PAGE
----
Endicott, NY asked in Child Custody and Family Law for New York

Q: Fighting for paternity. Mother of .my child had another man sign the birth certificate

She had another man who is in no way possible the father of my child sign the birth certificate. I've filed for custody but im not sure what to expect. She's also married to someone else.

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2 Lawyer Answers
Michael J Stachowski
Michael J Stachowski pro label Lawyers, want to be a Justia Connect Pro too? Learn more ›
  • Divorce Lawyer
  • Buffalo, NY
  • Licensed in New York

A: With the facts as you state them, you need blood tests as a threshold . You must first prove you are the father. A DNA test of mother, father, and child will reveal positively your Paternity of the Child. Once the paternity is established you have standing to petition for Custody. You will have an uphill Battle but the DNA will get you paternity , then you can suggest to the court to get meaningful access and Joint Custody. Joint Custody as a start will give you co parenting rights an will be evidence of your care and concern. you can further ask for shared custody with each of you splitting time with the child and block time holidays and summer.Your desire to be in the life of your child is an excellent starting point.. Custody is evaluated through the "Best Interests Of The Child" You would be best to consult a Family Lawyer.

Peter Christopher Lomtevas
Peter Christopher Lomtevas pro label Lawyers, want to be a Justia Connect Pro too? Learn more ›
  • Divorce Lawyer
  • Schenectady, NY
  • Licensed in New York

A: The use of the word "fight" is not correct; the proper word to use is "navigate" hostile waters that often sink a case in a whirlpool.

The asker must file a paternity petition in his county's family court (Broome County if the child is also residing in Endicott, New York). The respondents must be the mother and the man on the birth certificate.

There cannot be a paternity test unless and until the man listed on the birth certificate acknowledges that he is not the biological father. That is referred to as an "affidavit of unavailability" to have sired the child. When the man signs such an affidavit, then the court has the authority (referred to as "overcoming the threshold") to order a DNA test for the petitioning man.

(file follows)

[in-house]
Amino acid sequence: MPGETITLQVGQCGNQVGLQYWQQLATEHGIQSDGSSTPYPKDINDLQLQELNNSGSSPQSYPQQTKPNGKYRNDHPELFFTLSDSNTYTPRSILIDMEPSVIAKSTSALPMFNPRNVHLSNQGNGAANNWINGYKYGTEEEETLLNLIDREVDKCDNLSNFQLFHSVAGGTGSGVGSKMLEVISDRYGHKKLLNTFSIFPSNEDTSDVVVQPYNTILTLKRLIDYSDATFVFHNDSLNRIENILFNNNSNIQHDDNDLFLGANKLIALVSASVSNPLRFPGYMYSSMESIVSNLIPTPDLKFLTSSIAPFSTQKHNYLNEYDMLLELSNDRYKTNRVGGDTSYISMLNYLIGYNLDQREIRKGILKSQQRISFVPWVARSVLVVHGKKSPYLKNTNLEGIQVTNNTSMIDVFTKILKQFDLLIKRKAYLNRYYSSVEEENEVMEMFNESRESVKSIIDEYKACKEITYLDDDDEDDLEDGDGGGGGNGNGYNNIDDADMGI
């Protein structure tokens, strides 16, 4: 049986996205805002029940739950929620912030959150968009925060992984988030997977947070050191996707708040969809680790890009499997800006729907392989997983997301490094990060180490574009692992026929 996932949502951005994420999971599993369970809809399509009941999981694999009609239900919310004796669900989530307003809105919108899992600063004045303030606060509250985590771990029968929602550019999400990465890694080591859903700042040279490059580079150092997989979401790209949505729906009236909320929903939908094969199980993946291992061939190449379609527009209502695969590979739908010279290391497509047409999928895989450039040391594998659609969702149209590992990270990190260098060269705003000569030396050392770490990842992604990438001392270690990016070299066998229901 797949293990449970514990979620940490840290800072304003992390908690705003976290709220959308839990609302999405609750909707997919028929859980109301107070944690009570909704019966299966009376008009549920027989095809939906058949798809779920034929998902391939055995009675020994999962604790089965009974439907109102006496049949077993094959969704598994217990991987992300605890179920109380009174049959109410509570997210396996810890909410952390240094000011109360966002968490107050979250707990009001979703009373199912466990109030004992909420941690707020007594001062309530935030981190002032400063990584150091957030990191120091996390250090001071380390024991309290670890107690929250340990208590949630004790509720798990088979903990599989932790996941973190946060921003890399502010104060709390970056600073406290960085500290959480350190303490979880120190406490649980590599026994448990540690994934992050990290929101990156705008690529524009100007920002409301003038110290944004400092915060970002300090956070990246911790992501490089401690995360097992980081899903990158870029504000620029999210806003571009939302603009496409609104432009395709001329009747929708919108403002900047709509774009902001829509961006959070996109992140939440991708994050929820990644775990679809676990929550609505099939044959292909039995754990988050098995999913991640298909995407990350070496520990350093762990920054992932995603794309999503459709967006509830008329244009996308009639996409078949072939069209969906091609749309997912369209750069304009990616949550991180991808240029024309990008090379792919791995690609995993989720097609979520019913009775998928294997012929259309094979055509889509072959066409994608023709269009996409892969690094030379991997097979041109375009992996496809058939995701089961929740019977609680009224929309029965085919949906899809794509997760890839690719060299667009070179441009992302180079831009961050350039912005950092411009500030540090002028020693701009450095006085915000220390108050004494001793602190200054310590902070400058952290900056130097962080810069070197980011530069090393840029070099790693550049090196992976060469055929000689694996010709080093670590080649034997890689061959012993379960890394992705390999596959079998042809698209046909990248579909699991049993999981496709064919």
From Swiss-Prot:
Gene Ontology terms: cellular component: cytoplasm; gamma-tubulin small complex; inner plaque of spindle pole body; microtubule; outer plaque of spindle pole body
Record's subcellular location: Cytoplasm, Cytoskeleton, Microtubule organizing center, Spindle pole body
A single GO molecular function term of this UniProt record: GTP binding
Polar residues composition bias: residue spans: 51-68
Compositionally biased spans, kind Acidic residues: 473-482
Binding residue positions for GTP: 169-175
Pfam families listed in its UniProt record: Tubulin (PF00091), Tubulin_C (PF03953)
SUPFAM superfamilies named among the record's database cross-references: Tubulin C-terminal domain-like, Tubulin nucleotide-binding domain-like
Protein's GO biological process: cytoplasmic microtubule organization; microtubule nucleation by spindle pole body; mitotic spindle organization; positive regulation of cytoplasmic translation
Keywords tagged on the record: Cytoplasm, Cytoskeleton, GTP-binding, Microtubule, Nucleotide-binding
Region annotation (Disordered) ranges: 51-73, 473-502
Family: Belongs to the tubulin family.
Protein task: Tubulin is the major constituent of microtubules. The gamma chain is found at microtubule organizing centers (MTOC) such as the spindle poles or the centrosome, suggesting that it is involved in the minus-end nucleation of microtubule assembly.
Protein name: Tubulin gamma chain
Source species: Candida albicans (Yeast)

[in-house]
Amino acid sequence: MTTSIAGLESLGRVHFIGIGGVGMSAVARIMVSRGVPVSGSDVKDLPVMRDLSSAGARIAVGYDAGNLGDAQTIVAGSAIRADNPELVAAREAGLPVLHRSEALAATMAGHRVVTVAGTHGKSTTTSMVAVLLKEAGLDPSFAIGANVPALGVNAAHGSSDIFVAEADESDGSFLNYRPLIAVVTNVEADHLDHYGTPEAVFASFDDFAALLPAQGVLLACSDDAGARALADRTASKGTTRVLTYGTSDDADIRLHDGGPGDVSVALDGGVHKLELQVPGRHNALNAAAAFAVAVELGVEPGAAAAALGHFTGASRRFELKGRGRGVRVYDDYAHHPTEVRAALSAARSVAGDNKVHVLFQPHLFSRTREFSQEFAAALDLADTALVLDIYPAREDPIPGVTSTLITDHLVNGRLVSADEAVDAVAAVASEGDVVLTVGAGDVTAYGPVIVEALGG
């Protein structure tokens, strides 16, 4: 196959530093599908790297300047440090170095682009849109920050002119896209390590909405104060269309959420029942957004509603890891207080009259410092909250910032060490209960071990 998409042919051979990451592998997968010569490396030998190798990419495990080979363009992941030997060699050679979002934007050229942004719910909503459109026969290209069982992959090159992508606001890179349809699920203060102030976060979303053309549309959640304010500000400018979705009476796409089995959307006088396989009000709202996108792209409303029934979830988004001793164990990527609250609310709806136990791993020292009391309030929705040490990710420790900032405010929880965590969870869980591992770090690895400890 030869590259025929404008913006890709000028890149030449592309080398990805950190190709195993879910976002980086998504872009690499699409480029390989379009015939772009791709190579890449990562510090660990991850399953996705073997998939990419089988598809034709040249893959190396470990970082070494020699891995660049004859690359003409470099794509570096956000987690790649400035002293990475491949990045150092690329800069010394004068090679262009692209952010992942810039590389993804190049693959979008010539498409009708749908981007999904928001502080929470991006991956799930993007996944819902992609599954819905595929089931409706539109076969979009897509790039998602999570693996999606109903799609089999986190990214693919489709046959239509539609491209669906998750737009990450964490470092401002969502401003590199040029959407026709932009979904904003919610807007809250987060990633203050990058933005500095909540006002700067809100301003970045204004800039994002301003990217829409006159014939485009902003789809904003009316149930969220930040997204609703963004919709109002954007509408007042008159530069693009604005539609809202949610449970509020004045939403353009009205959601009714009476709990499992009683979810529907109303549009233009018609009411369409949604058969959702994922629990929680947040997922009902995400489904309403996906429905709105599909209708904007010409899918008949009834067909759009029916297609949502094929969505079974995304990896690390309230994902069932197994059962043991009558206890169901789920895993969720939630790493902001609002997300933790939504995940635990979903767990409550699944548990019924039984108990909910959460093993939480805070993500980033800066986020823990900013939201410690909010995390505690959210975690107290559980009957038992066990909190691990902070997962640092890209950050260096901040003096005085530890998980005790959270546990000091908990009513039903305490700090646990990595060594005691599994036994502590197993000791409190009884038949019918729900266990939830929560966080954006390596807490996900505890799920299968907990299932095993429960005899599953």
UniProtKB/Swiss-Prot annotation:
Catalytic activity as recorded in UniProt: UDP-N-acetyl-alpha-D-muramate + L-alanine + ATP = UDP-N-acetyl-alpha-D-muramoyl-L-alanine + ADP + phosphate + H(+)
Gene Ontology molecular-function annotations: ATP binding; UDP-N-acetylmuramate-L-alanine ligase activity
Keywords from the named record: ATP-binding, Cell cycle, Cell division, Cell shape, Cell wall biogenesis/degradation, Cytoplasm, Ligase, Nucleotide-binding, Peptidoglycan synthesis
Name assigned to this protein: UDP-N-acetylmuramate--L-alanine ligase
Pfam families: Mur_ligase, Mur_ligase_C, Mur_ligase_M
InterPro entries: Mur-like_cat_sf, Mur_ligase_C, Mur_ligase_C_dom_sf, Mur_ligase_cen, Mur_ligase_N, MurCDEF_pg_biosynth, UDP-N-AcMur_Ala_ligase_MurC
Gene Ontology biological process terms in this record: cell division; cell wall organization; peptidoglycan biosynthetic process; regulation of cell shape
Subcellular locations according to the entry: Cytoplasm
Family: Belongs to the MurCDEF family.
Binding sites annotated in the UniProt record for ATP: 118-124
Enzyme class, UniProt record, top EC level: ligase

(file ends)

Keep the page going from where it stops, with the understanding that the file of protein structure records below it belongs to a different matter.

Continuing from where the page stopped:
Once those results come in and if they are a match, then the court can enter an order of filiation that will operate to vacate the name of that other man in favor of the petitioning man.

The steps are file, obtain the affidavit, the court will order, and the results will lead to success.

There is not enough information about the marital man. He will be of no effect on the proceedings if the child predated the marriage. Otherwise, the marital man must be included in the petition because if the child was born during the marriage, then the marital man is presumed to be the father of the child which stands in conflict with the man in the child's birth certificate which the family court judge must set straight. Today's interpersonal relationships are fraught with peril, and men and women cheat on each other as if it was a sport. Children pop up from these casual encounters, and family courts are highly limited in the statutory authority they have to disentangle all the convoluted DNA.

An attorney will likely charge many thousands of dollars to prosecute such a petition. Without an attorney, the results will be nil.

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